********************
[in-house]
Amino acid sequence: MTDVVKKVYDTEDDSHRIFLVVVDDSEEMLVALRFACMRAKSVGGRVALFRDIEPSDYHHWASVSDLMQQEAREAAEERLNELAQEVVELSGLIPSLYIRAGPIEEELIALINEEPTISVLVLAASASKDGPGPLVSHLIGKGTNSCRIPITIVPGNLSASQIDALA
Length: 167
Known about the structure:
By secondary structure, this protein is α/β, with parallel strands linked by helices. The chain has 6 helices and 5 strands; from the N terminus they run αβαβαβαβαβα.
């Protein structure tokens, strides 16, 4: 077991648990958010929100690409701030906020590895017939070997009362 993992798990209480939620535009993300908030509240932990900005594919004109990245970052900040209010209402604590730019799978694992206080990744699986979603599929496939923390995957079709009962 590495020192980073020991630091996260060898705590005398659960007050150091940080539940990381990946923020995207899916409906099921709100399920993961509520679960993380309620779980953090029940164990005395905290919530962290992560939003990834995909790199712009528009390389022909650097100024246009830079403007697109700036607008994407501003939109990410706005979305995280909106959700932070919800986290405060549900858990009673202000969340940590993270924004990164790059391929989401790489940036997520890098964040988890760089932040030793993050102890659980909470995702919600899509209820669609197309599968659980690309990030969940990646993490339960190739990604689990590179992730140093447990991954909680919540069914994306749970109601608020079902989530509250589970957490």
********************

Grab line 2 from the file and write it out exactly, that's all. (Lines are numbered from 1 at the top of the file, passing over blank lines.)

Amino acid sequence: MTDVVKKVYDTEDDSHRIFLVVVDDSEEMLVALRFACMRAKSVGGRVALFRDIEPSDYHHWASVSDLMQQEAREAAEERLNELAQEVVELSGLIPSLYIRAGPIEEELIALINEEPTISVLVLAASASKDGPGPLVSHLIGKGTNSCRIPITIVPGNLSASQIDALA